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Details released on Obi Melifonwu’s new two-year contract with the Patriots

Another low-risk, high upside move by the Patriots.

NFL: Oakland Raiders-OTA Kirby Lee-USA TODAY Sports

Following the Patriots’ announcement of their signing of former Raiders defensive back Obi Melifonwu on Tuesday, more details have been released regarding his contract with the team.

According to the Boston Globe’s Ben Volin, the Patriots inked the former UConn product to a deal that potentially keeps him in Foxborough through the 2019 season.

The signing doesn’t impact Melifonwu’s 2018 cap figure of $261,176, which is an eight-week proration of the $555,000 minimum salary that a player with one credited season receives. Here’s how his 2019 salary cap figure breaks down:

  • Salary: $645,000 ($100,000 of which is guaranteed) — the minimum for a player with two credited seasons.
  • Roster Bonus: $30,000 — earned by making the team out of training camp.
  • Workout bonus: $25,000 — not technically classified as guaranteed, but an easy way for a minimum salaried-player to earn offseason cash.
  • Per-game bonuses: $125,000 — $7,812.50 for each game in which he active next season. The likely to be earned (LTBE) total that will reflect on the Patriots’ 2019 cap sheet will be determined by how many times he suits up in 2018. If he is active for the next eight games — which seems quite improbable — the team would carry a $62,500 charge into 2019 for them.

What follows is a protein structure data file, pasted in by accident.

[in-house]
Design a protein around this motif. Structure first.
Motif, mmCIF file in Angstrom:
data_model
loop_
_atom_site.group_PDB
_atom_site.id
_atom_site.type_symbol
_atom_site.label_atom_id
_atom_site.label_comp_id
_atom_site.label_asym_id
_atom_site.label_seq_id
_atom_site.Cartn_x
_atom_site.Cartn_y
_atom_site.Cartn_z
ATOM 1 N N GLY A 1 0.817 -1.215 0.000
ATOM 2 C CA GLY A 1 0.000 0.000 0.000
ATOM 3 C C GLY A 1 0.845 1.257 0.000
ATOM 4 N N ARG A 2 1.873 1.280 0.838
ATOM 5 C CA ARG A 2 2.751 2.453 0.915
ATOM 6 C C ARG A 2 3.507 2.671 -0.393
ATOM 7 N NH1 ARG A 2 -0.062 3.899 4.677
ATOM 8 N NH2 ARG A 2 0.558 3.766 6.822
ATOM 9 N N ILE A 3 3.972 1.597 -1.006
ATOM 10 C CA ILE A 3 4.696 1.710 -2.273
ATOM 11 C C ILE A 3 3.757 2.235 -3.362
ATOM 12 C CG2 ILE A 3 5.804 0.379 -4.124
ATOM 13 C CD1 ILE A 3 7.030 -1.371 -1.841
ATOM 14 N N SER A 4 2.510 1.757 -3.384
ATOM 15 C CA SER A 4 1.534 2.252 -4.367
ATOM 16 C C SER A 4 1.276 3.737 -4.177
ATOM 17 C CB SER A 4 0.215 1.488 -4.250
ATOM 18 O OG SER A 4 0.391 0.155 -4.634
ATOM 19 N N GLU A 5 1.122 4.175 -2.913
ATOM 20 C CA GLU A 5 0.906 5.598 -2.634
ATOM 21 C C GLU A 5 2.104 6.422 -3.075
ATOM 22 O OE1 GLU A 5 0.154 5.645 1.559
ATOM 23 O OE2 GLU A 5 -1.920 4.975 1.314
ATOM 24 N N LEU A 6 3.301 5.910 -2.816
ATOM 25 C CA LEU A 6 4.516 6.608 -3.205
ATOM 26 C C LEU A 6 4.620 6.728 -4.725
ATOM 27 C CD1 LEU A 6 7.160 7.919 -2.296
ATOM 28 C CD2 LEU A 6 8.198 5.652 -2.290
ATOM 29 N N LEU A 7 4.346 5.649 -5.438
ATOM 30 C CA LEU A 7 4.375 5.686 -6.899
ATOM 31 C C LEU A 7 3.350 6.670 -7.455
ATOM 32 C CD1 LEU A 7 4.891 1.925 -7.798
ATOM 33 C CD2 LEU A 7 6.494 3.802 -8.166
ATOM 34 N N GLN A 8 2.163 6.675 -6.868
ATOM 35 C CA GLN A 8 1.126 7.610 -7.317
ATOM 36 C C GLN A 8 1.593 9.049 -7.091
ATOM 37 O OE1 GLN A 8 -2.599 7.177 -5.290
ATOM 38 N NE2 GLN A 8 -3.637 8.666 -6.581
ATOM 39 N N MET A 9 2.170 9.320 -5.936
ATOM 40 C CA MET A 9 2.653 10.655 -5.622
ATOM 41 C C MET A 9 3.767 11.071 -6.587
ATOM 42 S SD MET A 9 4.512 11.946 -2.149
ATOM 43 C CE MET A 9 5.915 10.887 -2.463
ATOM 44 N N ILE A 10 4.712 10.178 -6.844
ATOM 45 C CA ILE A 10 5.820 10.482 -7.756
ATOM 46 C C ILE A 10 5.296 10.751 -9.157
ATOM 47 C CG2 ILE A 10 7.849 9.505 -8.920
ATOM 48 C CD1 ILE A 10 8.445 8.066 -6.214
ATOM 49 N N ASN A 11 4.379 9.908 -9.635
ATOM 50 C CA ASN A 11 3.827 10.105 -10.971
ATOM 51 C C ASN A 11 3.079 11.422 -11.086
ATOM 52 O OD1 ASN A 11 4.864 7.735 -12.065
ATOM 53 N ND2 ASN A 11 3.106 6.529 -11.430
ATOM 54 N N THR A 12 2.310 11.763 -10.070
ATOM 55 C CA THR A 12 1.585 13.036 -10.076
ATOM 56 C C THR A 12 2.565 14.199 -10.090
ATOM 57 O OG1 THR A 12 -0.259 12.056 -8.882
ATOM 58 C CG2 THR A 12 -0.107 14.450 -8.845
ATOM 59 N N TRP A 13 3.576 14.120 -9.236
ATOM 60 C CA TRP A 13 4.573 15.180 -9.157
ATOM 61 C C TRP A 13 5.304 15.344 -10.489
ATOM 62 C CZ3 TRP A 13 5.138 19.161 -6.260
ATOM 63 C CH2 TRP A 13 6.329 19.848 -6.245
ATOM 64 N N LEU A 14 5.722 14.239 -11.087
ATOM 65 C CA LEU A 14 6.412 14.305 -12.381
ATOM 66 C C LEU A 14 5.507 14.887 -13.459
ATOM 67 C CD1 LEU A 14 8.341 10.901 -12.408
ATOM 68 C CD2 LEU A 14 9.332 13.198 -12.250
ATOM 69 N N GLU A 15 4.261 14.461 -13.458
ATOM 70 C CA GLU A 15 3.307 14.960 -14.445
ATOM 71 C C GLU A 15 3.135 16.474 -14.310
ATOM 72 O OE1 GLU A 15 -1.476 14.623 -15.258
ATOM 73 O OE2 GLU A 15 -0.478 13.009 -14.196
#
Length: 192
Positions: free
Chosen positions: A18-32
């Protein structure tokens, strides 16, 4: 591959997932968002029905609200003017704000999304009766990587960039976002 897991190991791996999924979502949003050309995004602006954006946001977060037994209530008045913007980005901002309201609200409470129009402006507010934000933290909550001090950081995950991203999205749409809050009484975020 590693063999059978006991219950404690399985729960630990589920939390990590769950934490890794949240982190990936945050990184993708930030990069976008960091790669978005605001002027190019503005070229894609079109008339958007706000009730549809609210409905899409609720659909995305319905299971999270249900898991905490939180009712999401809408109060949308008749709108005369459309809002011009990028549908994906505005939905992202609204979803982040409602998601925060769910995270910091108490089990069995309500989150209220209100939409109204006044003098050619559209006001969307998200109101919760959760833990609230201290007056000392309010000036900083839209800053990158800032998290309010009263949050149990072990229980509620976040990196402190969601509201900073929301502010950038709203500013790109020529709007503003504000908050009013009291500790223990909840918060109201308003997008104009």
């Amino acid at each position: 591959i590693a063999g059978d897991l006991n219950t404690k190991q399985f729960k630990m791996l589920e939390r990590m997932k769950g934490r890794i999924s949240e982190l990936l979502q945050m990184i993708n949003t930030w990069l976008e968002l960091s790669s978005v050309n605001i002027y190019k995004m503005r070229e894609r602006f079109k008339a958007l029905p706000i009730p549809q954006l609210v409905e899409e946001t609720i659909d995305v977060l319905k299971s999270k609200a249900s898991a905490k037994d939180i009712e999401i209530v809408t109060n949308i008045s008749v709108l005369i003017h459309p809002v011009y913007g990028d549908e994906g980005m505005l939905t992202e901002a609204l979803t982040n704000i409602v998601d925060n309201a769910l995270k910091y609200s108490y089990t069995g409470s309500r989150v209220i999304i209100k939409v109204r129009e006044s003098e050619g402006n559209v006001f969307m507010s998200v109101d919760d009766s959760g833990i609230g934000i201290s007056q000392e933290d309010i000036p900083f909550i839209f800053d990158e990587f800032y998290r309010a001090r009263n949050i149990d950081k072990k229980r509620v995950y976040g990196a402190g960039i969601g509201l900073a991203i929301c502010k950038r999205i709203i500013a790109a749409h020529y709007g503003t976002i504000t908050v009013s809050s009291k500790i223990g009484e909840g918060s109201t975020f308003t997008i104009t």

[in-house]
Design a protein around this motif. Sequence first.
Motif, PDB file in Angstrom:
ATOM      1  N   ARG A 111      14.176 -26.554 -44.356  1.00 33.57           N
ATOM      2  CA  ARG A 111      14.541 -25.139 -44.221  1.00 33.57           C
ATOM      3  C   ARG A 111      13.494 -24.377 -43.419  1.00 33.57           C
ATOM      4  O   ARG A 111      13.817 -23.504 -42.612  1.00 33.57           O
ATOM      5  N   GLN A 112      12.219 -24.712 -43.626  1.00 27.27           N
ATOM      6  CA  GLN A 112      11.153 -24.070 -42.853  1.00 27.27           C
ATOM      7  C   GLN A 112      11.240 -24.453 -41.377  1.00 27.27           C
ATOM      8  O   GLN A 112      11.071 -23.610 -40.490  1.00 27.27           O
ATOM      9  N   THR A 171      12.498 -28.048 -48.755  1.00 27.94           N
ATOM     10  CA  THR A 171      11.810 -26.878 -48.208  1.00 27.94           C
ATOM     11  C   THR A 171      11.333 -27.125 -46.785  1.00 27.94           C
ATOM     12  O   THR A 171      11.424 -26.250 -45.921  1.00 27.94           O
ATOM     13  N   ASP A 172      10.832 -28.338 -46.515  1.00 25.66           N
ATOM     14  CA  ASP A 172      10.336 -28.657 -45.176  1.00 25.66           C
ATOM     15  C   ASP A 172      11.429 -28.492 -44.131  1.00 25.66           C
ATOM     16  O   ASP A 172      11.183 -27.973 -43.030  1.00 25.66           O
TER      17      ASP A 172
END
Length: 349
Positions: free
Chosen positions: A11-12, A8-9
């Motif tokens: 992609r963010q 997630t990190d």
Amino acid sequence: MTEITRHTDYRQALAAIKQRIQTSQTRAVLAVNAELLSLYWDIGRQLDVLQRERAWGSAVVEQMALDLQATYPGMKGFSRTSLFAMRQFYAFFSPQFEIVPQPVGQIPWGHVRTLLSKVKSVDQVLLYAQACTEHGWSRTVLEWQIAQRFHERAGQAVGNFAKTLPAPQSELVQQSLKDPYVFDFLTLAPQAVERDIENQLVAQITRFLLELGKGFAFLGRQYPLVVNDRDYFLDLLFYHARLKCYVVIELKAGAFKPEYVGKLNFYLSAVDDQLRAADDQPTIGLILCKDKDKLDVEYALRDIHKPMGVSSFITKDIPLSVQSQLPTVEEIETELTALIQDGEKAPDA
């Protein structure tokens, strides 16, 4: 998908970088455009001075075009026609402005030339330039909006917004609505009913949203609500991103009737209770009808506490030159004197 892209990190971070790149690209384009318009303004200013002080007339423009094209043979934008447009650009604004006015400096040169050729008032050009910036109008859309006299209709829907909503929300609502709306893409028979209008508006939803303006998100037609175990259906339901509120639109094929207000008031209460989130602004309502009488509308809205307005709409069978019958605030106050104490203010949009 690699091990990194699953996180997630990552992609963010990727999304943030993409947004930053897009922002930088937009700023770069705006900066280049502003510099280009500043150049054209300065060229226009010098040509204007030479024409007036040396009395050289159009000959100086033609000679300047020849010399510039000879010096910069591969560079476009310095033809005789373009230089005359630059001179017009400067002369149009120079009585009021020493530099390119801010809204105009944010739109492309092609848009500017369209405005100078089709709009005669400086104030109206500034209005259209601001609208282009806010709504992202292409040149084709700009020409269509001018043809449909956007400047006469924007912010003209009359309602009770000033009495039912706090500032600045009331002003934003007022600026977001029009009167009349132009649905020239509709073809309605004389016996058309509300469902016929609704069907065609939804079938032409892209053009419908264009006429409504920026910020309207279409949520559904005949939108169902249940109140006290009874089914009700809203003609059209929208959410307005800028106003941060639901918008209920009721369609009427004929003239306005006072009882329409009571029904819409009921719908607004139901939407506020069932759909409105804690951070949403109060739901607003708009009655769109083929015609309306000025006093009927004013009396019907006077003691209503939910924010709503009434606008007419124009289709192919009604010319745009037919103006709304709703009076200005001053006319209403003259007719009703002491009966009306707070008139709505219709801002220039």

In total, Melifonwu’s 2019 cap charge will be $762,500, which will decrease by $7,812.50 for each game that he is inactive for this season.

The Patriots obviously see the potential in trying to develop a player like Melifonwu who possesses premium athletic pedigree and comes from an Oakland Raiders organization rife with dysfunction. Melifonwu is now the ninth defensive back and fifth safety currently under contract with the Patriots in 2019.

The move brings very little financial risk and some solid upside. Initially, on would think that his athleticism would translate to a special teams unit or two while he learns the defense and develops. Presumably the 2019 goal would be to him provide potential competition for veteran Patrick Chung at the box safety spot, or as depth at the “big” corner spot currently occupied by guys like Jason McCourty and Eric Rowe — each of whom are not under contract with the team in 2019.

For a second-year defensive back looking for a place to get his career off the ground, New England provides an solid landing spot. However, it’s also an excellent opportunity for third-year safeties coach Steve Belichick — who gets an athletic blank canvas like Melifonwu and ten months to help mold him into a chess piece for de facto defensive coordinator Brian Flores.

Follow Brian Phillips on Twitter - @BPhillips_SB